By Charles Carroll Goodwin in 1913
Mohammed was a camel driver, but he was not like other camel drivers. The stage drivers in the old California and Nevada days were not like other stage drivers. Marysville, California, was headquarters for the California Stage Company, and it was there that staging was seen at its fullness.
As soon as it was light on those delicious mornings, the criers began one can hear them still,- “Empire Ranch, Rough and Ready, Grass Valley and Nevada” was the first cry. Then came “Oregon Ranch, Camptonville, Downieville.” Then “Oroville, Forbestown and Moore’s Flat.” Then “Tehama, Red Bluff, Shasta and Yreka,” and at steady intervals in a glorified baritone rang out “Sacramento, Sacramento.”
Then, from the stables would come the stages. The horses had been driven across the plains, turned out on their arrival and by the next spring they had grown a hand in height, and when taken up, fed grain and groomed, they were most beautiful.
The great Troy coaches for 27 passengers and drawn by eight horses, had the right-of-way. At first, they were driven on alternate clays by ‘Big John” and: ‘Big Jake.” Their real names were John Littlefield and Jacob Putnam. Later Oscar Ross was put upon that line, but one morning he ran his coach into an opposition coach and knocked it to pieces, and a passenger on the opposition coach, as soon as he could extricate himself from the wreck, fired a full charge of birdshot, at close range, into Oscar’s side and he died three days later.:”Big John” became dissipated and the company took him from the Sacramento route and gave him one of the Camptonville coaches, which were four-horse coaches. After a few days, he made a night with the boys in Camptonville. He was a little: ‘How-came-you-so” when he mounted the box next morning, and, going down the Goodyear hill grade, rolled his coach over, broke the rail from the top of it, bruised badly a Chinese passenger, but managed to get to Marysville. He had the coach repaired at his own expense and next morning drove up in front of the stage office. While waiting for the time to start, a clerk came out of the office and, walking up to the coach, said: “Mr. Littlefield, President Hayworth has instructed me to inform you that your salary has stopped.”
Littlefield began to wind the reins around the brake bar, and in a soft voice which grew harsher as he went on, said: “My compliments to President Hayworth, and kindly say to him that while I hate to disappoint him, if what you have just said is true, I’ll be d—-d if I drive !”
Robert Robins and his twin brother Dan drove the Shasta stages, leaving Marysville on alternate days. They were known as “Curly Bob” and “Curly Dan,” because of their curly hair. As the railroad stretched its way up toward Tehama and Red Bluff, and staging declined, they came to this side of the Sierras and drove on the Overland and branch lines.
They were fine looking men and great drivers and had none of the wild strata in them which is so common in men of their calling. Rob died some years ago in Idaho, and Dan in Salt Lake City a few months ago.
The last I heard of him he was a justice of the peace in Humboldt County. His knowledge of the law was limited, but he surely had a great deal of horse sense. He must have been of the Sancho Panza order of magistrates.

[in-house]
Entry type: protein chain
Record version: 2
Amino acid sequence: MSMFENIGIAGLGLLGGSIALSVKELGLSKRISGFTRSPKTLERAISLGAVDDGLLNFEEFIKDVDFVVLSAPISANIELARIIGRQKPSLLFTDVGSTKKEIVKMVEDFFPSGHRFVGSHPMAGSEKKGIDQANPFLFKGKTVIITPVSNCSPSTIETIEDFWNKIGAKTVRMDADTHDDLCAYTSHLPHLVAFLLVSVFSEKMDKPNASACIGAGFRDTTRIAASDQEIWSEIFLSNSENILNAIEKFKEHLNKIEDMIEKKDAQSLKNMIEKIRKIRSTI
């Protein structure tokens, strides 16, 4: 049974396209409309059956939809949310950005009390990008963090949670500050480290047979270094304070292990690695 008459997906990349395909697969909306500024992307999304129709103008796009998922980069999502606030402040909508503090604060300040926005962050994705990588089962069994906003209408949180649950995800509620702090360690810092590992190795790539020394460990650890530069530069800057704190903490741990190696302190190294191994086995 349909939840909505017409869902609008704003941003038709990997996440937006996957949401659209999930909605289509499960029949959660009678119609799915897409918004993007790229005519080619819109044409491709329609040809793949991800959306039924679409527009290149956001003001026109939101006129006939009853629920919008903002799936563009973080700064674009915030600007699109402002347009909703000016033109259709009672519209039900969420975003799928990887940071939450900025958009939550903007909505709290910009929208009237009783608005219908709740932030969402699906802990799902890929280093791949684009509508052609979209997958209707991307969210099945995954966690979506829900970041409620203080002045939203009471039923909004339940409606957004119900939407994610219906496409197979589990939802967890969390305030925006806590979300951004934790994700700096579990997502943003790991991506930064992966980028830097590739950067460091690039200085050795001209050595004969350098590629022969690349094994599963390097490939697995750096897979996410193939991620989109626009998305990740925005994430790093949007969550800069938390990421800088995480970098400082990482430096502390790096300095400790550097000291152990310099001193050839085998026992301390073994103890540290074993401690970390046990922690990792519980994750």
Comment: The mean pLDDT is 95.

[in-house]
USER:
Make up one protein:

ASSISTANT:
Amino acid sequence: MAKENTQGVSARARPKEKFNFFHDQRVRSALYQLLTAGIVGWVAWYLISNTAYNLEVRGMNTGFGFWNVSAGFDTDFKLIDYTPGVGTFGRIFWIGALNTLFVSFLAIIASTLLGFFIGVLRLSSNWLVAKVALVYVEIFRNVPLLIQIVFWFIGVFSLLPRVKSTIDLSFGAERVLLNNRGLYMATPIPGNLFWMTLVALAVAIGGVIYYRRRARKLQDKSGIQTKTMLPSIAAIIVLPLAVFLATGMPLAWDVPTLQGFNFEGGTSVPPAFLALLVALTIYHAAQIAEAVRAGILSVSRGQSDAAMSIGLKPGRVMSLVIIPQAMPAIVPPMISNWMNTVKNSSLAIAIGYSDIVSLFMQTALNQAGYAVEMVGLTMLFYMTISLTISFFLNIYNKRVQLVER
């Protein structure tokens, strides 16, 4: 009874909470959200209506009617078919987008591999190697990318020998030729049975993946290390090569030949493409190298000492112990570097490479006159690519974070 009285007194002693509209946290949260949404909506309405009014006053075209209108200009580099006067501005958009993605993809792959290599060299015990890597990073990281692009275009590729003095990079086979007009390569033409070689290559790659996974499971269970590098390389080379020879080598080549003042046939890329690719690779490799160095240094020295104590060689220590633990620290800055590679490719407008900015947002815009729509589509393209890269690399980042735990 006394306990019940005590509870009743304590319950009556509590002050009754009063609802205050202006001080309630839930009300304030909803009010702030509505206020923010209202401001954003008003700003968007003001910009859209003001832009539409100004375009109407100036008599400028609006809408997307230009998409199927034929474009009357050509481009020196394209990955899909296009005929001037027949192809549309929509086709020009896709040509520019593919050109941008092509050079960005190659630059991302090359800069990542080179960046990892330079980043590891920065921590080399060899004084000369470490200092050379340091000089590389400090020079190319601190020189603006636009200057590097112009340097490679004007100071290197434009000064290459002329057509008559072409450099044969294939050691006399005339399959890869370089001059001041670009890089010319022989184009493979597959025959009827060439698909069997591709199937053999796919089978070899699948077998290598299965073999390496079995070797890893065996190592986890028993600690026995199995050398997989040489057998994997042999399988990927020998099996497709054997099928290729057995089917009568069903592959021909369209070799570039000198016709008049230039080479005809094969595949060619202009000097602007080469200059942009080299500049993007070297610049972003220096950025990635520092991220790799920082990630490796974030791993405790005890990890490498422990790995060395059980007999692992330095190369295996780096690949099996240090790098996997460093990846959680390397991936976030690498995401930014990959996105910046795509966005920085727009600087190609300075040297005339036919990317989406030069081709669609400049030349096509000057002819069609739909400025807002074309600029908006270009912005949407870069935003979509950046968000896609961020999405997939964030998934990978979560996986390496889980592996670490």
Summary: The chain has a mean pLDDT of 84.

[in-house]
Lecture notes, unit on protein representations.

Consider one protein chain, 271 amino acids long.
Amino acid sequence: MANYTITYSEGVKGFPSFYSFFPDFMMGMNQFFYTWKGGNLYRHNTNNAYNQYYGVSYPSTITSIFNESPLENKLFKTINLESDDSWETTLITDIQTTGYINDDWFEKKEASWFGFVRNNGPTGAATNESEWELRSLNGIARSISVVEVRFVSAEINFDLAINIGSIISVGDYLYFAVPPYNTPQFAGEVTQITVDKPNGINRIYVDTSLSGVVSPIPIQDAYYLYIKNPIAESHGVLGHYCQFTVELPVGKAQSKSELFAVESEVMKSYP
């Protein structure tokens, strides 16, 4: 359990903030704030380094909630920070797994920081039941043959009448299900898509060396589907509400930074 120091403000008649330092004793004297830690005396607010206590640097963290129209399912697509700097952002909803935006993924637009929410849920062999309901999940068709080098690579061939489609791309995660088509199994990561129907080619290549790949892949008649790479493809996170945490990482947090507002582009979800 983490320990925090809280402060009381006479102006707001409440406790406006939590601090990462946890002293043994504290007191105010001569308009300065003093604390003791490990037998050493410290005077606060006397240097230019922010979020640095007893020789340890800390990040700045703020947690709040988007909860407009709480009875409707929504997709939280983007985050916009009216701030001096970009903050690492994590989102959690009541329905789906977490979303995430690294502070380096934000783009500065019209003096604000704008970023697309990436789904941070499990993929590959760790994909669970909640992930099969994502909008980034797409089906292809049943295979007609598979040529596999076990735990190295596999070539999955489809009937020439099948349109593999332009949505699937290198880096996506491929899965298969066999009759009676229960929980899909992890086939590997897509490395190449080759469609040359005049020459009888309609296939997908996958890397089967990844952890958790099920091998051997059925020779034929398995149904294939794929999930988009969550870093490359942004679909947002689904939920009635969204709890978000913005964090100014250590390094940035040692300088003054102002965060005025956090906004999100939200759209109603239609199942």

Of course, half of the world has heard of Hank Monk. Before there was any grade over the Sierras and before the finding of the Comstock, Monk drove a stage between Genoa and Placerville. It was there that Horace Greeley encountered him and the famous story has been told with more variations than are used when “Home, Sweet Home” is played on the piano by an amateur.
There was not much to it except that Greeley grew impatient going up the mountains from the Genoa side and sharply told Monk that he was put down for a lecture in Placerville that night. Monk with his drawl told him to keep his seat, that he would have him there on time. Reaching the summit, Monk shook out his team and Mr. Greeley’s head collided with the top of the coach at short intervals, which caused him to cry out to go slower, but Monk’s only reply was: “Keep your seat, Mr. Greeley; I will have you there on time.” Mr. Greeley did not know it, but the man on the box was about the most superb reinsman in the world. His secret was his exact calculation. With every ribbon apparently loose, he would turn a running team on a narrow street, and bring them to a full stop at exactly the right point.
A friend of mine came down one evening with Monk from Glenbrook on Lake Tahoe, to Carson City, fourteen miles, in 45 minutes. The friend asked him if he ever rolled a stage over on that route, for the horses were at full gallop half the time. “Oh, no,” was the reply, “when you strike a level grade ride your brake and let the stock go; but when you turn a curve, take off your brake and give the wheels full play, because to ride a brake around a curve when going lively might make you trouble.”
Monk had a superior education and was famous for droll expressions. I was riding beside him once when, nearing a wayside hotel, a man with an overcoat on arm came running- out of the hotel to the coach. Monk pulled up his team, when the man said: “Monk, have you seen Bill lately?”
‘Yes, saw him yesterday; he’s coming down with me tomorrow,” was the reply.
The man said he was glad, turned and walked back to the hotel, and Monk, easing up on the reins, the team trotted on. When we had gone a few rods. Monk said: ‘I wonder what Bill that yahoo meant?”
“What Bill did you mean?” I asked.
“I meant the way-bill,” said Monk.